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BrainPlus IQ: Lying with Advertising

BrainPlus IQ: If it turns your brain blue, consult a doctor.

BrainPlus IQ: If it turns your brain blue, consult a doctor.

I got an email urging me to check out a wonderful new product that boosts brain performance: it “doubles IQ, skyrockets energy levels, and connects areas of the brain not previously connected.” It is BrainPlus IQ, a dietary supplement that falls into the category of nootropics, substances that enhance cognition and memory. After looking into it, my first thought was that if it doubles your IQ you might become smart enough to realize you have been scammed. The advertising for this product is as reprehensible as anything I have seen (and I have seen a lot).

The link in the email was to a “Discovery” website article titled “Anderson Cooper: Stephen Hawking Predicts, “This Pill Will Change Humanity” and It’s What I Credit My $20 Million Net Worth To.” According to the article, Stephen Hawking said his brain is sharper than ever because he uses BrainPlus IQ. It quotes Denzel Washington, saying he gave a speech at a science convention (unnamed) in New York City, saying BrainPlus IQ enabled him to memorize movie lines after reading them just once. He brought to the stage MIT scientist Peter Molnar, who said he had tested BrainPlus IQ against Adderall in 1,000 patients and found it was 600% more effective and subjects doubled their IQ in 10 days. It has “absolutely no harmful ingredients, it’s non-addictive, and 79% of participants double their IQ within 24 hours.” It was supposedly described as “Viagra for the brain” in Forbes magazine. (more…)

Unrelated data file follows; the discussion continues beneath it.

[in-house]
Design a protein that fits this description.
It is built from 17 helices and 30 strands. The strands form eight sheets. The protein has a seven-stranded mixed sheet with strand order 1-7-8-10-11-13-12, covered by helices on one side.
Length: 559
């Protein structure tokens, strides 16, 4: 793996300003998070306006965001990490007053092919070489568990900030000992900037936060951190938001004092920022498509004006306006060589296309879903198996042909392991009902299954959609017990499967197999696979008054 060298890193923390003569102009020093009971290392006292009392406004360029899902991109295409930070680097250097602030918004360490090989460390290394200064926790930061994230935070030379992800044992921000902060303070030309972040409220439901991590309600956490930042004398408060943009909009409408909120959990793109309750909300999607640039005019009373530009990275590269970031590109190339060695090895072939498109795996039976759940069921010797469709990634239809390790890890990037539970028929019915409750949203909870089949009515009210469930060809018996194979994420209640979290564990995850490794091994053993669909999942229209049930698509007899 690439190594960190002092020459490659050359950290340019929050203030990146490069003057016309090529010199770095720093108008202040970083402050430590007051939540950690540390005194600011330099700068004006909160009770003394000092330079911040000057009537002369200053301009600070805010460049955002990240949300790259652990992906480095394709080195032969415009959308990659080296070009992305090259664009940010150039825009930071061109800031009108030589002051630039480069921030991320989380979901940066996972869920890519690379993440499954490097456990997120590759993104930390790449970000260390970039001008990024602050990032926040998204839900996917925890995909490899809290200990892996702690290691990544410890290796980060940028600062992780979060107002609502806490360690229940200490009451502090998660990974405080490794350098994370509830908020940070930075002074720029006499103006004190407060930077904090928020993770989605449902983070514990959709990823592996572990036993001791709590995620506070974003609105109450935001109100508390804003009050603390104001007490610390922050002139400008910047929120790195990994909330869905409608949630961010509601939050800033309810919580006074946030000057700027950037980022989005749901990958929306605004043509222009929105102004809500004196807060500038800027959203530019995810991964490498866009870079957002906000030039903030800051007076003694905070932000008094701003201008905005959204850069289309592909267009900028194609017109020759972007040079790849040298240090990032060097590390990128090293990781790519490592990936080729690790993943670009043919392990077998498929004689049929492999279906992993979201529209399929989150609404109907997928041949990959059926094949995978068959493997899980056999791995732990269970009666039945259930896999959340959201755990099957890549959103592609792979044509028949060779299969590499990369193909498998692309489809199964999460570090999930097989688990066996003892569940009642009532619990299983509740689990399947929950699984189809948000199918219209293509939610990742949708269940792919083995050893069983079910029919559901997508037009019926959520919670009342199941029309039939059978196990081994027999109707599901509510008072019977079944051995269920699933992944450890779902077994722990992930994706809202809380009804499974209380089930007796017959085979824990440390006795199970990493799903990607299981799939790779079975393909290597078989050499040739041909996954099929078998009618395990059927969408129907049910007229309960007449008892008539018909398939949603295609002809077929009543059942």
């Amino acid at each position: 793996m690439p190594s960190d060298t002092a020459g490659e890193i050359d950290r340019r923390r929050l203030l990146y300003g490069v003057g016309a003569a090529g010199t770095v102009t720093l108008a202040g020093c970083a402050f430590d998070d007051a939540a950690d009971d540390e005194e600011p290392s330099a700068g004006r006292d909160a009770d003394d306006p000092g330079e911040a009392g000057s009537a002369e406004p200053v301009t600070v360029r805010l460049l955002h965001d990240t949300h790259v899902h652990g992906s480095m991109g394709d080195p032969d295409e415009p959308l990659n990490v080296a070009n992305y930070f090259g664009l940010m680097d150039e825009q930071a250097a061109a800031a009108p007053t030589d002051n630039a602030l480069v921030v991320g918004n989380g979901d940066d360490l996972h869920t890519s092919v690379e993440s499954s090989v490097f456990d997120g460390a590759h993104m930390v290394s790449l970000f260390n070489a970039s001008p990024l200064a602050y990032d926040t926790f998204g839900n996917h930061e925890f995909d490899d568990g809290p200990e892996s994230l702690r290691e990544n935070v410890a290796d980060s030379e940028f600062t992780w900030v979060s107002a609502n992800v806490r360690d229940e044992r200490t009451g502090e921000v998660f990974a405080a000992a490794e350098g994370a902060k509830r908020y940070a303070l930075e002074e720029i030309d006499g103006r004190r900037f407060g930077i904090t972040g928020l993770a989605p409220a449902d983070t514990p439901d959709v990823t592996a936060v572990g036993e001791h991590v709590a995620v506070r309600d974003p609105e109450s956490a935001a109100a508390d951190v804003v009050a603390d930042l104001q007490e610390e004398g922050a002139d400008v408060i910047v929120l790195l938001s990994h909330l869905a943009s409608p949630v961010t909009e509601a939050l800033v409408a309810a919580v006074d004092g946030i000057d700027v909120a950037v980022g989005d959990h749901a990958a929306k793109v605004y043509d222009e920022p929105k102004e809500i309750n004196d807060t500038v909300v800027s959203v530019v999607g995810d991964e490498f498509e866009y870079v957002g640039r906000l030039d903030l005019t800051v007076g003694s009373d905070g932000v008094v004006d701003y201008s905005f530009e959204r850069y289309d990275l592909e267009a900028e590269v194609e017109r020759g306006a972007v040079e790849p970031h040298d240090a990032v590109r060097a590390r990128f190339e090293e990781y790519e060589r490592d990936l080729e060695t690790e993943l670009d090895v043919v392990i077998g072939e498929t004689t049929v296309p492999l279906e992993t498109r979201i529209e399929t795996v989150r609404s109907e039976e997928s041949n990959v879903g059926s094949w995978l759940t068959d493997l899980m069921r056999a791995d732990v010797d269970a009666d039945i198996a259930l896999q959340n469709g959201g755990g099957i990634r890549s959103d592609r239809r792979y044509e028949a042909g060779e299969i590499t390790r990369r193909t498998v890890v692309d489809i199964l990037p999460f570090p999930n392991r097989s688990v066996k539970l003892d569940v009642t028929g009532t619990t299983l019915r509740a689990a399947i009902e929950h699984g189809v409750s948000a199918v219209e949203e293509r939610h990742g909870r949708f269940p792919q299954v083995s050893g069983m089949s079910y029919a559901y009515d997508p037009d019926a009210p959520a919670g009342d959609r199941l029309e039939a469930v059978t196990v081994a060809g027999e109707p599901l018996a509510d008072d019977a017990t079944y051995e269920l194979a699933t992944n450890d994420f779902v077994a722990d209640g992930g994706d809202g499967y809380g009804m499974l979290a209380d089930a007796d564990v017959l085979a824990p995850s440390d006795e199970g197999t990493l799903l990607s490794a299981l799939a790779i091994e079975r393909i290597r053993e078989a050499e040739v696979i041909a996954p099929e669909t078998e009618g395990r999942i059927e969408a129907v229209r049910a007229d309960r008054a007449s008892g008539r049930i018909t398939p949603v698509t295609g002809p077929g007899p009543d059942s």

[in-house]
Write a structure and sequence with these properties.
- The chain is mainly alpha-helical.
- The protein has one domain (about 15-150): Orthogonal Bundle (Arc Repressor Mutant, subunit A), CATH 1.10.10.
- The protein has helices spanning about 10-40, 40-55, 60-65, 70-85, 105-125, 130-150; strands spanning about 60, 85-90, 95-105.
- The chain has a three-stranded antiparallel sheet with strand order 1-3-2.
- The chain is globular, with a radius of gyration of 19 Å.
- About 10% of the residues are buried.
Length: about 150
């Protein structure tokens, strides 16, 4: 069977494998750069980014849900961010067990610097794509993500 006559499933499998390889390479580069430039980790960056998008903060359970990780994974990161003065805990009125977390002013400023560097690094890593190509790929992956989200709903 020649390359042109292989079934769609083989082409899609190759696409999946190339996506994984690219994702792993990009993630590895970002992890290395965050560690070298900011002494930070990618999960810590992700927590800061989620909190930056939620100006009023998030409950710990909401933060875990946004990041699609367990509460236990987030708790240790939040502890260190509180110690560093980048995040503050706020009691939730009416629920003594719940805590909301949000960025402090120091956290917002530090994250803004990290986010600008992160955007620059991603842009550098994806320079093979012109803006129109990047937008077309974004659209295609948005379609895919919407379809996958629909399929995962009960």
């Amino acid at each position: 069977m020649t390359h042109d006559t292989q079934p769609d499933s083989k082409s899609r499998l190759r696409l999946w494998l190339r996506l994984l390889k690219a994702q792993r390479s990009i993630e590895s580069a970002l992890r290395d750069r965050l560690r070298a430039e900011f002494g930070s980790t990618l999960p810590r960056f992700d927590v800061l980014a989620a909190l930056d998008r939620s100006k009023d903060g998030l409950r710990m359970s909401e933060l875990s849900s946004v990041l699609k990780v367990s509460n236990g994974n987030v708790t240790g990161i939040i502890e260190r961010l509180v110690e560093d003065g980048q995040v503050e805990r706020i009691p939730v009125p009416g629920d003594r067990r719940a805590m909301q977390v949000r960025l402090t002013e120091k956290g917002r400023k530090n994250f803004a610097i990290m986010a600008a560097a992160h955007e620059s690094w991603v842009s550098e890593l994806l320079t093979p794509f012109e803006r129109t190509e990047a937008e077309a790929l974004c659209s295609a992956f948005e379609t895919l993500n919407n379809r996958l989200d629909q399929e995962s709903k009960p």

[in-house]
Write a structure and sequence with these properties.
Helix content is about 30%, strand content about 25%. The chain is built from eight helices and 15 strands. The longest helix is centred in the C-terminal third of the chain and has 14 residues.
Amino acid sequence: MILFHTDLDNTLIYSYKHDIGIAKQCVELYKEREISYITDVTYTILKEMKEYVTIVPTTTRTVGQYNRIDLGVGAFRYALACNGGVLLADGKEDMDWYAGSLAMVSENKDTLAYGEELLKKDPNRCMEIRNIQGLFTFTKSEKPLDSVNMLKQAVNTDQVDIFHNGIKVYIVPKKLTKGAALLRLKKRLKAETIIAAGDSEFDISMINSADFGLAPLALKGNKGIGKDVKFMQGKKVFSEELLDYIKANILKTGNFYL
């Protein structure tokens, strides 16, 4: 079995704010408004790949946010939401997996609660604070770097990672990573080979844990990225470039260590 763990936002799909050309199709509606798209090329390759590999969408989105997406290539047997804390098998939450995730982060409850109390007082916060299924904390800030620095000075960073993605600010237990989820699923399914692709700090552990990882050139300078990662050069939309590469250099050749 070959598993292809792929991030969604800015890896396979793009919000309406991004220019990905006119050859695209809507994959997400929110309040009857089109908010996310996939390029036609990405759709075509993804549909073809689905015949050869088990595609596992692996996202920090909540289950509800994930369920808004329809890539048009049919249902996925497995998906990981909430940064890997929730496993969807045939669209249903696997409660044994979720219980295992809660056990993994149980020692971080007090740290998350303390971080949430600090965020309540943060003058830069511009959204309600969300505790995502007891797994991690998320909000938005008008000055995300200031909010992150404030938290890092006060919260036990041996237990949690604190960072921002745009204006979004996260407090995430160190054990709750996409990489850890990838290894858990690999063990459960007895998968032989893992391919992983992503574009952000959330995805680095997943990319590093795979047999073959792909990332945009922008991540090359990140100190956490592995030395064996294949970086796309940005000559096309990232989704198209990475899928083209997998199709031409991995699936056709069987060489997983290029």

Posted in: Herbs & Supplements, Neuroscience/Mental Health

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The Last Word on Homeopathy

ernst-book
No one will ever need to write about homeopathy again. Edzard Ernst has said it all in his new book Homeopathy: The Undiluted Facts.

Far too many trees have died in the service of praising or debunking homeopathy in the two centuries since Hahnemann invented it. The forests can celebrate, because this is the definitive book about homeopathy. It is neither “for” nor “against” homeopathy; it is explanatory. It is dispassionate and as unbiased as it could possibly be. It says good things about homeopathy, shows how arguments for and against it have been flawed, and contains nothing that the most ardent homeopaths should be able to complain about (but complain they surely will, because the facts Ernst reports are not what they want the world to hear). (more…)

Posted in: Book & movie reviews, Homeopathy

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Precision Medicine and Uncertainty

Precision Medicine offers precision, but not certainty

Precision Medicine offers precision, but not certainty